AMID a scene of devastation where all else had been blown to smithereens one thing remained standing — a white, home-made rocket with a nuclear symbol painted on its side.
How it was not wiped out with everything else in Saturday’s massive early-morning blast at Derrinallum is astonishing. But it stands as a sinister reminder of the obsessions that drove Glenn Sanders to blow himself and his humble home to bits after a seven-hour stand-off with police.
A disturbing picture of Sanders as a mystery man with an unhealthy love for explosives is emerging two days after the huge blast that shocked the sleepy town on the Hamilton Highway.
It is believed Sanders, 48, died in the blast, although that had not been confirmed as the bomb squad continued to investigate the scene Sunday, when human remains were found.
Two special operations senior constables from Melbourne were hurt in the explosion.
One remains in a serious but stable condition in The Alfred hospital. The other was taken to the Geelong Hospital and treated for minor injuries. He has since been discharged.
Sanders was known to police and they had arrived at his property on Friday night to arrest him. What followed was a seven-hour siege that ended with an explosion so great it could be heard 30 kilometres away.
Although no one expected an outcome as grave as this one, there were warning signs that Sanders was a timebomb just waiting to detonate.
He had been depressed after the death of his second wife and had started to act strangely, keeping to himself.
One resident told of loud explosions that could be heard coming from Sanders’ property at all hours of the day and night.
Others, who also did not wish to be named, told The Standard that he often left his home and came to town with explosive devices concealed on his body.
He said it was known around town that Sanders would have explosives on him whenever he left his house. “He liked the attention and the reaction he got. There was the (torpedo-shaped) mailbox and the rockets and the jokes he could blow up the town,’’ the man said.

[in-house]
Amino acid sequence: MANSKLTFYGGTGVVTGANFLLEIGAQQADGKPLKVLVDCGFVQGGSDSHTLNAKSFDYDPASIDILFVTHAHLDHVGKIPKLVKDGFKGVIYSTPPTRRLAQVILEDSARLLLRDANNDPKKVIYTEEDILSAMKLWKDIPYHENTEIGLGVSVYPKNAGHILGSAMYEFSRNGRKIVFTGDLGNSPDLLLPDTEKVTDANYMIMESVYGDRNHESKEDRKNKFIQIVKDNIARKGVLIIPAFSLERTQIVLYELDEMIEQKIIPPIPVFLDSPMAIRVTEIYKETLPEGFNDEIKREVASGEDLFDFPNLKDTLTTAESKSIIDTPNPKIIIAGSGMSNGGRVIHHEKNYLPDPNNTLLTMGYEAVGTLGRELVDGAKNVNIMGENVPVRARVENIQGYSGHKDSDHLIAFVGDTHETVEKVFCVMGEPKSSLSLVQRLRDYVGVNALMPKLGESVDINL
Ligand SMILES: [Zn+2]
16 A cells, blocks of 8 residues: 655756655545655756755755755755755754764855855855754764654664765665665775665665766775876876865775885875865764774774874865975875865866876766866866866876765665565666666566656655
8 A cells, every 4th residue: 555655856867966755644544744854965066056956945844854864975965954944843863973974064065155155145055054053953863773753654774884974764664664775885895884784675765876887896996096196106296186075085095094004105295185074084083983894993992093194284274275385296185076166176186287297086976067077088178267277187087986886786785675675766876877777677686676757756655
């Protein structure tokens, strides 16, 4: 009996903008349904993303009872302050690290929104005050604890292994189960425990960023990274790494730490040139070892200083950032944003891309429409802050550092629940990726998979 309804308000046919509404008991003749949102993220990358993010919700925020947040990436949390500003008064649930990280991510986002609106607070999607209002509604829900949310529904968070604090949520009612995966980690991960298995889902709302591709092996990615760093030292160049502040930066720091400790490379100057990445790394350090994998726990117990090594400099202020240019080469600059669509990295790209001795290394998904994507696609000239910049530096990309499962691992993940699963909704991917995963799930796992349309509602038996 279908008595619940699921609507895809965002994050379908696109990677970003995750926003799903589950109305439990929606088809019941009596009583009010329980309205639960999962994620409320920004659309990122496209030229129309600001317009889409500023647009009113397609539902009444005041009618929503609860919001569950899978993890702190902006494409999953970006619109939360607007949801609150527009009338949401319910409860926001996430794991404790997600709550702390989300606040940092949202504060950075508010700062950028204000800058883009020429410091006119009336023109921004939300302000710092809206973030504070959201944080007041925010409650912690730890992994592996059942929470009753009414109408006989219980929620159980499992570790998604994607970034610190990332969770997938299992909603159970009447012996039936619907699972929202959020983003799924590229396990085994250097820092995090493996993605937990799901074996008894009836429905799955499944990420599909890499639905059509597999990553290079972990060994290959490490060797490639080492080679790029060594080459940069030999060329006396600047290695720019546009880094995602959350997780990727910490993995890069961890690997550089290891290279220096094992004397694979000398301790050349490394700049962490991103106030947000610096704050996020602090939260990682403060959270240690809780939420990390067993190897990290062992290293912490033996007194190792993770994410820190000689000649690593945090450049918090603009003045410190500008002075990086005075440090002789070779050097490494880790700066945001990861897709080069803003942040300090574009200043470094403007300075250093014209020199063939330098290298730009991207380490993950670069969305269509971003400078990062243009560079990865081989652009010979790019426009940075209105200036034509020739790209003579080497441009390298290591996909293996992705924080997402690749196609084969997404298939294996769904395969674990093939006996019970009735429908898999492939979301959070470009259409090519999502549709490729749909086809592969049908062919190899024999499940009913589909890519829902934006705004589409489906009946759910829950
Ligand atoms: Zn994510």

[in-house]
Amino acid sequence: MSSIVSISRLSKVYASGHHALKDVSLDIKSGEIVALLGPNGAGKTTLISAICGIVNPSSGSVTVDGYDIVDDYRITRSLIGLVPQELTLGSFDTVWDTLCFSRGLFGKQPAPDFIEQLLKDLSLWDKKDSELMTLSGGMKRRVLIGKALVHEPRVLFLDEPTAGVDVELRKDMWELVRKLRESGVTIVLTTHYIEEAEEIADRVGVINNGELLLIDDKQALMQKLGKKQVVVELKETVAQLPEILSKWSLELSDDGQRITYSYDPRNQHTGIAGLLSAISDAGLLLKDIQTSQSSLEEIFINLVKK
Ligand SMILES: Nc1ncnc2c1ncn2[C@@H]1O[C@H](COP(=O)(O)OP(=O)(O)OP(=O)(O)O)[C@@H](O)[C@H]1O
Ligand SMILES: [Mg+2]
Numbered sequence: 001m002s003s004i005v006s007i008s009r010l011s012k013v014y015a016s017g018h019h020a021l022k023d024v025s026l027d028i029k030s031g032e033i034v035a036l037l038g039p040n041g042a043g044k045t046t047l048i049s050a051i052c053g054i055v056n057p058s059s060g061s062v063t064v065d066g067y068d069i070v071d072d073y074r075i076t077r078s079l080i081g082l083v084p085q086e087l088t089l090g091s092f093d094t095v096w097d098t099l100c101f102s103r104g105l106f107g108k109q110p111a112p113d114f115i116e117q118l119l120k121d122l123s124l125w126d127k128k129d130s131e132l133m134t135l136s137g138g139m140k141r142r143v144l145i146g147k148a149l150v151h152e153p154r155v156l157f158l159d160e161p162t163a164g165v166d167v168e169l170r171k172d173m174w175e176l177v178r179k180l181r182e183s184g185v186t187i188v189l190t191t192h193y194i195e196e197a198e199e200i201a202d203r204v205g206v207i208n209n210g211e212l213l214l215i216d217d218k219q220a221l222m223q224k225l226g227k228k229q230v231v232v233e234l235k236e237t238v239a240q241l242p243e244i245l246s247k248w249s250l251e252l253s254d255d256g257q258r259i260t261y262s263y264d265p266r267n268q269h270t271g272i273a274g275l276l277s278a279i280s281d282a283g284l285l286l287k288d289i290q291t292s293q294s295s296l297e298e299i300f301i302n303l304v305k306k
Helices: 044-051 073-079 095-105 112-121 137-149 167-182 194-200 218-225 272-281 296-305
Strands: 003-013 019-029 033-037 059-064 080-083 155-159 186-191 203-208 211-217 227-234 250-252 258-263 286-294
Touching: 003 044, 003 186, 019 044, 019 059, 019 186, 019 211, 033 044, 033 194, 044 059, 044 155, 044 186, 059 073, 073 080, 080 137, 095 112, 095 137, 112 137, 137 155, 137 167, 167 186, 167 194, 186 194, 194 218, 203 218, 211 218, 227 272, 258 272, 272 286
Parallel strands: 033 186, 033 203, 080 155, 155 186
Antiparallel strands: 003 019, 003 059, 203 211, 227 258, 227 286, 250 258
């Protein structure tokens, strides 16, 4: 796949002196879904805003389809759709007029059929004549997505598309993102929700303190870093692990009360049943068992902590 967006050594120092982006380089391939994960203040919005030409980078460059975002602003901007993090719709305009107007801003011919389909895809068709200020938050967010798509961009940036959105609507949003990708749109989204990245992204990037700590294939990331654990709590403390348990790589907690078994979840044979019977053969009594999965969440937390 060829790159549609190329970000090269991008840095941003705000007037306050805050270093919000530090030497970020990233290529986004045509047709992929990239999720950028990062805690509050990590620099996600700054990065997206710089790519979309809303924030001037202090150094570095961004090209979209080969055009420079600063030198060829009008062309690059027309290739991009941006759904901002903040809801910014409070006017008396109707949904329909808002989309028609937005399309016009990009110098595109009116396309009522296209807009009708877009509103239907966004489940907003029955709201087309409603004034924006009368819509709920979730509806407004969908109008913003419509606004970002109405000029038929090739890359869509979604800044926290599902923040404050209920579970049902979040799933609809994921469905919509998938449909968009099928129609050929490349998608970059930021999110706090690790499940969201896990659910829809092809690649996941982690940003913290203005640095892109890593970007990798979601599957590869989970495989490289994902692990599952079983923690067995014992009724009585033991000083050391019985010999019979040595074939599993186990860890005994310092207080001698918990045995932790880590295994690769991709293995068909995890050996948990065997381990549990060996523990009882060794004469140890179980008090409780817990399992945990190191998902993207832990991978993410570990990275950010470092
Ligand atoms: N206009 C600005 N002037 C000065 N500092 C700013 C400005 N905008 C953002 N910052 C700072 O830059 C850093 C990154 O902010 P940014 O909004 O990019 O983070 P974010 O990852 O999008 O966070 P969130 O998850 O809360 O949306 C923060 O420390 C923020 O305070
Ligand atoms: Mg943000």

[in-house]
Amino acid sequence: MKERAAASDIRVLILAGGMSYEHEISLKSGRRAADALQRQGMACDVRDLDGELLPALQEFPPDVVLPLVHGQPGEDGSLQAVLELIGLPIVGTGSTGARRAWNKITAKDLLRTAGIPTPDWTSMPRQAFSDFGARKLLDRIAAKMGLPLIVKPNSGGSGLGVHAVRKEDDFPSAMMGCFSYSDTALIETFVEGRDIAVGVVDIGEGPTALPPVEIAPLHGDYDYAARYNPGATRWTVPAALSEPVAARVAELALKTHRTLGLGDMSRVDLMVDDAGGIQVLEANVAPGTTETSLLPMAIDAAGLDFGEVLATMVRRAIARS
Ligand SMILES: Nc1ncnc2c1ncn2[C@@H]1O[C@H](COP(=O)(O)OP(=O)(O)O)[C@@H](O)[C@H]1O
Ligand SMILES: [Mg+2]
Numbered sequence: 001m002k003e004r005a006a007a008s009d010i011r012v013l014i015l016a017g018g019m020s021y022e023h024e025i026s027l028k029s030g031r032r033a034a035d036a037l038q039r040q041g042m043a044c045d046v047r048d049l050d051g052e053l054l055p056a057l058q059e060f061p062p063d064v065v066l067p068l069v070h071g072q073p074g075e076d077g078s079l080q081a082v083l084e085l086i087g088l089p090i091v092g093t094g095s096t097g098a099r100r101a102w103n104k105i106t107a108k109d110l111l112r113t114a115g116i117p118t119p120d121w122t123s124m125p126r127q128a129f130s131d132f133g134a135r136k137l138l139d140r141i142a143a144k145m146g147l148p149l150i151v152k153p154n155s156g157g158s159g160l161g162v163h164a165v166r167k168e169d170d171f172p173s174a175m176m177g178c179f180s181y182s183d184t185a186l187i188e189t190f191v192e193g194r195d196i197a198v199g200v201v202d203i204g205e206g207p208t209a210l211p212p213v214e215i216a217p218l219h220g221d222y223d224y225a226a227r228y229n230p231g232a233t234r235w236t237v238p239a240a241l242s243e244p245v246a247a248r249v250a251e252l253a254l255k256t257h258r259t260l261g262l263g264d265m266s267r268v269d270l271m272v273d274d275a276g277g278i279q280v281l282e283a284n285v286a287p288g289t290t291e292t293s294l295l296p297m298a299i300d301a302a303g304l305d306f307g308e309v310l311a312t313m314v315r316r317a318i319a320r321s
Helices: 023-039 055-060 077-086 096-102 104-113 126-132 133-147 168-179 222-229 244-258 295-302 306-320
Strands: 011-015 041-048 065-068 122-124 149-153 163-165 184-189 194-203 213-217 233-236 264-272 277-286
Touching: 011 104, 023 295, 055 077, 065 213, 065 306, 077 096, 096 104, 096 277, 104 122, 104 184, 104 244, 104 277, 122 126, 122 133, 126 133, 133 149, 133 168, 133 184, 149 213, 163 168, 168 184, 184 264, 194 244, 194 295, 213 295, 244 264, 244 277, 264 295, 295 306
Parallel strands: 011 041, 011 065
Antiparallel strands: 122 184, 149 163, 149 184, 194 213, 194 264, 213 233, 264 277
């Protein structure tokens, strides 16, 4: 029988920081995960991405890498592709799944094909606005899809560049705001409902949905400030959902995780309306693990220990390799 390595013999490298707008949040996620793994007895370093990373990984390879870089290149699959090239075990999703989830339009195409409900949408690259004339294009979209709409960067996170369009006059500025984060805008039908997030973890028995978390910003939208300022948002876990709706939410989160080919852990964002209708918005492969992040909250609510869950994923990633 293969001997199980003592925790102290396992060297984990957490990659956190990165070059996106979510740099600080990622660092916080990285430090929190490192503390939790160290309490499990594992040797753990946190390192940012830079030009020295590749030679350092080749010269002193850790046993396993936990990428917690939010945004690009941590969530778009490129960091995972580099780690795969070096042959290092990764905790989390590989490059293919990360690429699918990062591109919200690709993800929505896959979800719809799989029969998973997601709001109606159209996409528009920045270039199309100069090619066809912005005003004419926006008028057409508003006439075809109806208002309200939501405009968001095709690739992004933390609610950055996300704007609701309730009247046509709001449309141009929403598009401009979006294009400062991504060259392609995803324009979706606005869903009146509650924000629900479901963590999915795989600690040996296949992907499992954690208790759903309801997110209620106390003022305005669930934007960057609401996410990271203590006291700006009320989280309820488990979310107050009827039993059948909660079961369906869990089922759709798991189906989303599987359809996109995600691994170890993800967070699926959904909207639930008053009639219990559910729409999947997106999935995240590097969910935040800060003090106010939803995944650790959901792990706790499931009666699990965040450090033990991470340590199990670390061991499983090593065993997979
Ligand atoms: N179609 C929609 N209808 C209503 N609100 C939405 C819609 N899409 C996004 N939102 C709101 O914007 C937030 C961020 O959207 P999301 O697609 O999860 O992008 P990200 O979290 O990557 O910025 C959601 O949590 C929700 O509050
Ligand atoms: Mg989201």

“Everyone just thought he was harmless.
“When the explosions became more common and he was getting around with explosives on him, that’s when the police started to become involved.” Others said Sanders was a talented and gifted mechanic who would build farm machinery, motorbikes and racing cars, but became reclusive later in life.
It is believed his partner died two years ago.
His mother is ill in hospital in Ballarat and he is not thought to have any other close family.
The blast shook the district at 1.20am on Saturday. Police had arrived at his home about 7pm to arrest him for a violent incident that occurred earlier last week.
Sanders became agitated, refused to give himself up and threatened self-harm.
Trained siege officers negotiated with him for seven hours before the explosion tore through the property, sending debris in all directions.
Aerial pictures on The Standard’s website show the extraordinary aftermath of the explosion with chunks of masonry, iron and timber thrown hundreds of metres.
Yesterday the bomb squad remained at the property sifting through the splinters of timber and warped sheets of steel that once made up his house, searching for more explosives.
Crime scene officers were still unable to access the site and the area remains in lockdown.
Residents said it was common knowledge Sanders had explosives buried around his property.
It’s believed his explosives licence had been revoked but he made explosives using bits and pieces he could legitimately buy.
“He was very clever, with his hands and his head,” a local said.
Another resident said Sanders “had some issues” and things had been “spiraling out of control” over the past two or three years.
“He had some people close to him pass away and he became a bit reclusive,” he said.
“It’s a sad situation. You don’t want this sort of stuff happening. It’s a shame that other people had to be hurt.”
If you or someone you know is experiencing an emotional crisis, call Lifeline on 13 11 14. Website: lifeline.org.au